Japanese tattoos are filled to the brim with symbolism. Some of the most common design motifs of Japanese tattoos include kannon, suikoden warriors and dragons. Let’s take a moment and talk a little about each of these. Kannon is a Bodhisattva of the Mahayana Buddhism. The task of the Bodhisattva is it to support humans on their way to illumination. There are Bodhisattva with several different tasks. Kannon is the Bodhisattva of sympathy and pity. In Japan Kannon is represented by a woman, usually riding a dragon. Suikoden warriors are 108 rebels who carried some tattoos. The illustrations of many different Japanese artists to the adventures of these brigands were used as tattoo flash. Especially the color woodcut series of Utagawa Kuniyoshi was gladly used which was published by the artist in the year 1827. The last motif of Japanese tattoos are of course, dragons. In Japan it is regarded as a luck bringing animal. This may be justified due to the fact that the japanese dragon is a water symbol. He lives either in the clouds, from where he climbs down during thunderstorms, or also in rivers and lakes. Any or all of the Japanese tattoo elements can also be combined with things such as lotus, cherry blossoms and snakes. The variations in this genre are appealing and endless.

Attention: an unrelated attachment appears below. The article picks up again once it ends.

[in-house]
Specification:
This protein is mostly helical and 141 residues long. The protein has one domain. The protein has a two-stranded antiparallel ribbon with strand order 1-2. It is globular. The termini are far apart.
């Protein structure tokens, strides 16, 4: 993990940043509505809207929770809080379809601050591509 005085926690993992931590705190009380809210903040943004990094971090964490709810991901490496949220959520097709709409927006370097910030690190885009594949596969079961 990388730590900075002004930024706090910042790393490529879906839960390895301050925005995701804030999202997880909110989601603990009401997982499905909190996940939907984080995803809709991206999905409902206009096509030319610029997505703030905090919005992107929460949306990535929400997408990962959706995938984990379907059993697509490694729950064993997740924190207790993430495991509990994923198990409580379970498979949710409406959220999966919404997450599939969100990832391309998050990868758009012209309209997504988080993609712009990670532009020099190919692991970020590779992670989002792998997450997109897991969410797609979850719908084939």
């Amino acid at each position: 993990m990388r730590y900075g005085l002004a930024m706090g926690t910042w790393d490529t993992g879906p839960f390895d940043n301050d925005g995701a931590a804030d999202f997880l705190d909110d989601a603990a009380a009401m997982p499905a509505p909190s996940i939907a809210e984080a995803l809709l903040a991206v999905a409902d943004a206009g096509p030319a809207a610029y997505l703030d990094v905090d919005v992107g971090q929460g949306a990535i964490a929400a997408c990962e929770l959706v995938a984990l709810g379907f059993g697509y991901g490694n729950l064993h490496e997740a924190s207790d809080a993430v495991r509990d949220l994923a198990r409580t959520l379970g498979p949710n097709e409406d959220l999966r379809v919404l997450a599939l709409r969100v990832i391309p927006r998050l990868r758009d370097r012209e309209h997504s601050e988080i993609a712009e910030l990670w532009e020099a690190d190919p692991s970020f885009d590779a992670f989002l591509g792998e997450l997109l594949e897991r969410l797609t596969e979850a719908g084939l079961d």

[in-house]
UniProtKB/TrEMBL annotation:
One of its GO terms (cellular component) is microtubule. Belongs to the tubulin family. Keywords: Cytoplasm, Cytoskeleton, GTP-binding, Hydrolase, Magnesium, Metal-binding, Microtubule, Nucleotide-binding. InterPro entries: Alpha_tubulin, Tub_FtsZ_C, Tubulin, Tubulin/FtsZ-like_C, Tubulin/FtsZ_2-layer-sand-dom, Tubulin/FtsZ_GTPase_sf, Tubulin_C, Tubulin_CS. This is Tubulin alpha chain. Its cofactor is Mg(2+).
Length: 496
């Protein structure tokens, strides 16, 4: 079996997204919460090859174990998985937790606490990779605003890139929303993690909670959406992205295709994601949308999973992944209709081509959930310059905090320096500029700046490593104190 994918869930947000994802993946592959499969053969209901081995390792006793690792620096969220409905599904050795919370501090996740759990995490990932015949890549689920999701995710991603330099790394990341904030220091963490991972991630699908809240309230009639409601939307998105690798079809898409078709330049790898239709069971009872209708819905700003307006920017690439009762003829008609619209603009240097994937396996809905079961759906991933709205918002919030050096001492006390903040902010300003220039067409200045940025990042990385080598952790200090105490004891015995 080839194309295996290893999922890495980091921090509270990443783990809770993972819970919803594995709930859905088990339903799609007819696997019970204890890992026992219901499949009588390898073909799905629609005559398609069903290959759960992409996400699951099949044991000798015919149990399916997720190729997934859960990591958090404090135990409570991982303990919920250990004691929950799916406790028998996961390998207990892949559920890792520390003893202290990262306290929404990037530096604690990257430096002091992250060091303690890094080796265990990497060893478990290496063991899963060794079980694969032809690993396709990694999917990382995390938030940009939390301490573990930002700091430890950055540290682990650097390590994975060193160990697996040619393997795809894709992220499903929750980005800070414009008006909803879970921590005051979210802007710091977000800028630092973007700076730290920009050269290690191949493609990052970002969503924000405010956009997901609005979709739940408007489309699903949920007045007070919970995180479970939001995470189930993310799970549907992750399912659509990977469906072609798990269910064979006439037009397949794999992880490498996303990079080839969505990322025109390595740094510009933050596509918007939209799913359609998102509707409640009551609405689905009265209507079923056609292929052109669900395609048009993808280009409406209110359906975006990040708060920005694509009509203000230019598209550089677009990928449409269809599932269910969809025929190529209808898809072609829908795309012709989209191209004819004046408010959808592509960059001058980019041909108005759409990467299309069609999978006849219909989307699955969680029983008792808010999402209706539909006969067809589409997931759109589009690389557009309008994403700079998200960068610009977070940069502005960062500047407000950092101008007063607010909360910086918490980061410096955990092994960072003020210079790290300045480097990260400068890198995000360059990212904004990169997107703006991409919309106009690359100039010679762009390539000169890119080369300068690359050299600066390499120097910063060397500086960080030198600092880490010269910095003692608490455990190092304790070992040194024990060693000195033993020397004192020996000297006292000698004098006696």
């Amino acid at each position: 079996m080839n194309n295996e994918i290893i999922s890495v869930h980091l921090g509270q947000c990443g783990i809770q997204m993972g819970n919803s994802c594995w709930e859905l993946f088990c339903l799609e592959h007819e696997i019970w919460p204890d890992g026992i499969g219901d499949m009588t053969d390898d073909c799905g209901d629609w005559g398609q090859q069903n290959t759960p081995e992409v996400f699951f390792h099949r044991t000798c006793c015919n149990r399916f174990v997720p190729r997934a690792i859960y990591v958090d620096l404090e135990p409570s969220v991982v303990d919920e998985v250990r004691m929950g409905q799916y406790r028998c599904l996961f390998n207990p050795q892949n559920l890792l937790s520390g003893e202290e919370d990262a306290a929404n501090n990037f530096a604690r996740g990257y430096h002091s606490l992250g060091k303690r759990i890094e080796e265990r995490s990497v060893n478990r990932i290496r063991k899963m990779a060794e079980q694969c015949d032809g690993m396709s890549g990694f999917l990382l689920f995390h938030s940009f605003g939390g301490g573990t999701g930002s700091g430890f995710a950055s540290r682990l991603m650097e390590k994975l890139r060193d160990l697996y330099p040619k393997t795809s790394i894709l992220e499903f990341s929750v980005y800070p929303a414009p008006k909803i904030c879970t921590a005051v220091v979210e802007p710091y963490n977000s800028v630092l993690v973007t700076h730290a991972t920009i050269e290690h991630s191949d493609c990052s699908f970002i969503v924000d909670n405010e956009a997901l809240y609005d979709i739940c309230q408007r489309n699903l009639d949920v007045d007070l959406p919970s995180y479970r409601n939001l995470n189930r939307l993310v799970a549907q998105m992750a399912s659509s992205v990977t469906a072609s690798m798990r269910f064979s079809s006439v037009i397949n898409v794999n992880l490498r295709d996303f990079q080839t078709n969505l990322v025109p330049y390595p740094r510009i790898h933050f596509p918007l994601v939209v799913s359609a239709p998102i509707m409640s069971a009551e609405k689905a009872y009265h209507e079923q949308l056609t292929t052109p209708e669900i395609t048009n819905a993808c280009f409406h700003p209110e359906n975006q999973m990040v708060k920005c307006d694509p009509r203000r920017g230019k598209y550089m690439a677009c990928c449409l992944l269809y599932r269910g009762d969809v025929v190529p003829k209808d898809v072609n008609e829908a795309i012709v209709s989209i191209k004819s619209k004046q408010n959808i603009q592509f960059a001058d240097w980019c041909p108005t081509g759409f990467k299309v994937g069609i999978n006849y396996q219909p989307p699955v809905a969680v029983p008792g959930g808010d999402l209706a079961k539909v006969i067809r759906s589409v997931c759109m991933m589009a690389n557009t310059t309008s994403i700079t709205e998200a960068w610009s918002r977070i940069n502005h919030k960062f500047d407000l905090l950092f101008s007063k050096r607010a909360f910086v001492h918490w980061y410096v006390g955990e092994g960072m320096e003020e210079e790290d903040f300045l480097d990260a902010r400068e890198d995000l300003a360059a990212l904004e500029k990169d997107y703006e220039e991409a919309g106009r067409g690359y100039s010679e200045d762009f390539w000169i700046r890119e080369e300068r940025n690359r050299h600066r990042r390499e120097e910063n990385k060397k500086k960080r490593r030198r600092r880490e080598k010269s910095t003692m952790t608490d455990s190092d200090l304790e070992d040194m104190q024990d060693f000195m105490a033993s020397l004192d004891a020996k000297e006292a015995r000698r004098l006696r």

There are several symbols associated with japanese tattoos. These include Koi fish, snakes and dragons and they are usually the most well known. The lesser known japanese tattoos are the Hannya Masks and the Kiyo Hime which are represented by the tattoos in the photograph. Little is known by the general public about these motifs so let’s get into a small explantation of the symbols. Hannya Mask are usually thought of as demons, but these are actually terrestial monsters. Confused human feelings like passion, jealousy or hate can transform women into these dreadful monsters, which are then bound to the earth realm. Kiyo Hime is the best known story of a Hannya demon. Her father owned a harborage in which a monk stopped each year. Over the years Kiyo Hime developed a deep love to the monk but her feelings could not be returned by him. One night Kiyo Hime confessed her love to him and it came to a controversy between the two of them and in which process Kiyo Hime enraged and the monk had to escape. He found shelter in a close monastery and hid himself under an enormous bell. In the meantime, in the intoxication of its hate love, Kiyo Hime had transformed into a demon with the body of a snake and a Hannya head. It sought out the monks hiding place and melted the bell with its fire breath, thereby causing the object of its longing a painful death. As you can see, japanese tattoos are often more then just beautiful designs but almost always carry a deeper symbolic meaning, one that is often infused with a dose of morality.